Libya’s crude oil production could reach 800,000 bpd over the next two weeks and top 1 million barrels daily within a month now that the National Oil Corporation has lifted the force majeure from another two oil export terminals.
“As NOC highly commends the efforts exerted by all local and international parties, it undertakes to hold to the non-political professional principles, continues in performing its responsibilities and duties in a completely neutral manner and declares that as production resumes from Waha and Harouge fields, production level will reach 800 thousand bbl./day during two weeks and will exceed one million barrels in four weeks,” NOC said in a statement.
NOC first announced it would lift the force majeure imposed earlier this year from two oil ports after the Libyan National Army of General Halifa Khaftar agreed to lift a blockade of the oil-exporting infrastructure that started in January this year.
Within a month, the country’s oil production had recovered from below 100,000 bpd to over 500,000 bpd, not least thanks to the restart of production at the Sharara field, Libya’s largest, with a capacity of 300,000 bpd.
A month ago, expectations were that the return of a full 1 million bpd supply from Libya was not imminent and would likely take months. However, the National Oil Corporation appears bent on ramping up production as quickly as possible, which is understandable with the less than stellar track record of various militarized factions in upholding ceasefires.
This would mean more pressure for oil prices: the North African OPEC member was exempted from the OPEC+ cuts, and this means it could expand production however much it wants to and add supply to an extra-sensitive market.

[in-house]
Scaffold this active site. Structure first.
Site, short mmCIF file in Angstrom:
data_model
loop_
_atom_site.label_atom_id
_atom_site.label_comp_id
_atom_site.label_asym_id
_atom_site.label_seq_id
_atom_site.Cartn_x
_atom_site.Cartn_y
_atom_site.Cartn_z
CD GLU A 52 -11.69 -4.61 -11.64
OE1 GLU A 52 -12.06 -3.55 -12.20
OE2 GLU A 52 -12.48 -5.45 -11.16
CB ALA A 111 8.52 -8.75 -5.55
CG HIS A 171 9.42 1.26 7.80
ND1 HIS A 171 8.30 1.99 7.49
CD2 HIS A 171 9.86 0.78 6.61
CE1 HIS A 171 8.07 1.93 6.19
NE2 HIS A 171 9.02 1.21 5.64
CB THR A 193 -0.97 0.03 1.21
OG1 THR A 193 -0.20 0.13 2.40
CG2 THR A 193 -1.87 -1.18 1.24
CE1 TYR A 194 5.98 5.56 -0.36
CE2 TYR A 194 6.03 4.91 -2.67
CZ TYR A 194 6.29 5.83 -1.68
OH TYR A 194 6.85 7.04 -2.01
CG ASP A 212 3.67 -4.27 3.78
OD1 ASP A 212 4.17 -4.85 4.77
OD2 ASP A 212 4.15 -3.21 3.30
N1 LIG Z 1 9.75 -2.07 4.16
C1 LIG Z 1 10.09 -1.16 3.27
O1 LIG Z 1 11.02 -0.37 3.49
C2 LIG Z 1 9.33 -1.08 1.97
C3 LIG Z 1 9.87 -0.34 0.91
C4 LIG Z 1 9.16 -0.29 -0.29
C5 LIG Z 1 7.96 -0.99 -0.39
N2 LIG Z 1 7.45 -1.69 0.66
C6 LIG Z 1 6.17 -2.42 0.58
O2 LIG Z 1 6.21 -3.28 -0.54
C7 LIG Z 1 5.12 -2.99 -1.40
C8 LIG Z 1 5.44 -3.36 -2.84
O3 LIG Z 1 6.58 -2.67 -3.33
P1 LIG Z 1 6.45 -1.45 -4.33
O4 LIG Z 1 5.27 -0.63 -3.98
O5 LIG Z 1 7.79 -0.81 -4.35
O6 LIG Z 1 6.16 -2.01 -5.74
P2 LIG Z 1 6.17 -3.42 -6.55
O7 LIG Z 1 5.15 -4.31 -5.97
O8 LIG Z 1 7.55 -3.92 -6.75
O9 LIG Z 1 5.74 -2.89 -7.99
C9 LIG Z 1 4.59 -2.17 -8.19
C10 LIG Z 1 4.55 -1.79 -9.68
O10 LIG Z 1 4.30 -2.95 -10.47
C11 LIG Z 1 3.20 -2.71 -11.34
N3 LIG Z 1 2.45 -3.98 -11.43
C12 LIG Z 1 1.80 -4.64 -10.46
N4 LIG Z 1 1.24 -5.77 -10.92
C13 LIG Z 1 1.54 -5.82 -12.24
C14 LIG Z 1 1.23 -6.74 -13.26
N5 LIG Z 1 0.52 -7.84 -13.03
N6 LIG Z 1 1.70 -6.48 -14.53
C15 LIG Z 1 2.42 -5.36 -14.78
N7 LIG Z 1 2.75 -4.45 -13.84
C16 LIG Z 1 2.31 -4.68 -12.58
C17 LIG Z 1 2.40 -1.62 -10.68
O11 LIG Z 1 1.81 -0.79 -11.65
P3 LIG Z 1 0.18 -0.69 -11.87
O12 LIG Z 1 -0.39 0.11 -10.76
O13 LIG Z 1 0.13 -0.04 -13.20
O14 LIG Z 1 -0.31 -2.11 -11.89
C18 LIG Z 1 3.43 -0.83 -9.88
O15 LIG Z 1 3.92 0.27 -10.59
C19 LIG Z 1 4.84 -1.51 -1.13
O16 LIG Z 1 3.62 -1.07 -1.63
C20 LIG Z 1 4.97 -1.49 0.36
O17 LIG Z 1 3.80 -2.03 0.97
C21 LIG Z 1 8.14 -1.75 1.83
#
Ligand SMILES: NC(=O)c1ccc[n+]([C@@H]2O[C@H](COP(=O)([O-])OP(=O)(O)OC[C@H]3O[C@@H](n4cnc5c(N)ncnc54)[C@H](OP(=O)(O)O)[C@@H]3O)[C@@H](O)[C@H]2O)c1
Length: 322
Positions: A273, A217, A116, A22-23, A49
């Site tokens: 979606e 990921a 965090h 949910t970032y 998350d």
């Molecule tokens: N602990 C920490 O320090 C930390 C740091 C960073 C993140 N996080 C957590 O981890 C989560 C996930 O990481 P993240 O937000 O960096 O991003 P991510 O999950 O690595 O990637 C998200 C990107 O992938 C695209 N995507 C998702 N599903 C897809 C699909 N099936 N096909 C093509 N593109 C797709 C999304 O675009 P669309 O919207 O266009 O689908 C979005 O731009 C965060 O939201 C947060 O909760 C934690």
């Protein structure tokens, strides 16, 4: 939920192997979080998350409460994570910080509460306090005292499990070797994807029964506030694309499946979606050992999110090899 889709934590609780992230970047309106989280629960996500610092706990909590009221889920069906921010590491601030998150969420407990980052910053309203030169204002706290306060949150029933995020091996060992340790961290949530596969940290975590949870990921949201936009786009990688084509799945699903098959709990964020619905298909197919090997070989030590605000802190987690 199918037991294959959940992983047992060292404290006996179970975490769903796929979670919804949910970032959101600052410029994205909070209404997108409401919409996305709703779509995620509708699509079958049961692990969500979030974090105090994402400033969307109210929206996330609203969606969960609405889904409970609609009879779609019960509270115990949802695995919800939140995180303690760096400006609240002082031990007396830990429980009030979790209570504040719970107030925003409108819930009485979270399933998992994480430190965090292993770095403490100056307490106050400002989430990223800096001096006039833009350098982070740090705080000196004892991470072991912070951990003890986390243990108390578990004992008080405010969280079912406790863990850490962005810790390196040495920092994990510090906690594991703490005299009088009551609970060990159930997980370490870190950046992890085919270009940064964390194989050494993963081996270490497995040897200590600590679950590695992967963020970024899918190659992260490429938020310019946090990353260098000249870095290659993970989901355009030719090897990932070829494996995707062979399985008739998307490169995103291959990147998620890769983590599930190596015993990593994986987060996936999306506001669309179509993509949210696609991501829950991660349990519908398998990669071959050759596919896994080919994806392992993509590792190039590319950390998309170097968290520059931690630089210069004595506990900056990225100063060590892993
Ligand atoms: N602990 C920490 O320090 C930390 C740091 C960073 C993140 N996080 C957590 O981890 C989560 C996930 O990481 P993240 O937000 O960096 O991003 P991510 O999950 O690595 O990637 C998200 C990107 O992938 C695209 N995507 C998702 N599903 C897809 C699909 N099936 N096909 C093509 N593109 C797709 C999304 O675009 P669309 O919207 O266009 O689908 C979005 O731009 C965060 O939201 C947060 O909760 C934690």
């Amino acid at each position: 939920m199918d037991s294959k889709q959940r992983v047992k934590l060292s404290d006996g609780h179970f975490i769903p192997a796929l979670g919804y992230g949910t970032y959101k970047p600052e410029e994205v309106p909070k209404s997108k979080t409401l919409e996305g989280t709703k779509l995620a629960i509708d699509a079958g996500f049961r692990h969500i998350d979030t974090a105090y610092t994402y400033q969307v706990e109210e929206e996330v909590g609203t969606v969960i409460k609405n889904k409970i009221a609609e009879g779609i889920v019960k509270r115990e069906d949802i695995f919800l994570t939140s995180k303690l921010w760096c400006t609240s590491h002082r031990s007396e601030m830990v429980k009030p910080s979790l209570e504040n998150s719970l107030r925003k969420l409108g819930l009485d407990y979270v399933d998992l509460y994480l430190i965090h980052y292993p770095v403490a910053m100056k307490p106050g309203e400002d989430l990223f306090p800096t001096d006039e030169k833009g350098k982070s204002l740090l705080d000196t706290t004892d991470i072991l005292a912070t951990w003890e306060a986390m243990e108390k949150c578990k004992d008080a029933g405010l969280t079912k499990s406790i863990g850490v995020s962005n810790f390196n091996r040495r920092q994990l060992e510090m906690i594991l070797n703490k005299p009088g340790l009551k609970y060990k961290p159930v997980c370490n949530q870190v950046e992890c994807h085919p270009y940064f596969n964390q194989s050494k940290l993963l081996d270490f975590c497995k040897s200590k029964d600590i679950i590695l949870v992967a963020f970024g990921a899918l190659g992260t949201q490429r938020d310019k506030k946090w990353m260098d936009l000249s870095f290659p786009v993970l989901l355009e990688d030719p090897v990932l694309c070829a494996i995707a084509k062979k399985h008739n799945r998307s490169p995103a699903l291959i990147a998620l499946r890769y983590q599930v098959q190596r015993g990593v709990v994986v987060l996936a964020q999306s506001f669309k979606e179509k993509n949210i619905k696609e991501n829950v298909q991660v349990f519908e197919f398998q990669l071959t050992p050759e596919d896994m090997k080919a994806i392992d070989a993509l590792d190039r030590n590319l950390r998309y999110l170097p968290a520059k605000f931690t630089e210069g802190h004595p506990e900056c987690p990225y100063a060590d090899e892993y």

On the plus side, from OPEC’s point of view, NOC also warned a production level of 1 million bpd would be unsustainable unless Libya’s government provides the company with enough funds to pay off debts accumulated during the oil port blockade. NOC also said it would be unable to push production back to pre-blockade levels of 1.2 million bpd.
By Irina Slav for Oilprice.com
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This so because some of Libya’s major oilfields and pumping stations need intensive maintenance having been idle for a long time and partly damaged by the fighting.
Furthermore, Libya has been exempted from OPEC+ production cuts provided its production doesn’t exceed 1 mbd. The exemption will be withdrawn if production rises above 1 mbd.
Still, OPEC+ has indicated that it will extend the current cuts of 7.77 mbd into next year. The original scenario was for OPEC+ to reduce the cuts to 5.77 mbd from January 2021. Keeping the current cuts intact will more than offset even an addition of 1 mbd of Libyan production.
Therefore, OPEC+ shouldn’t worry much.
Dr Mamdouh G Salameh
International Oil Economist
Visiting Professor of Energy Economics at ESCP Europe Business School, London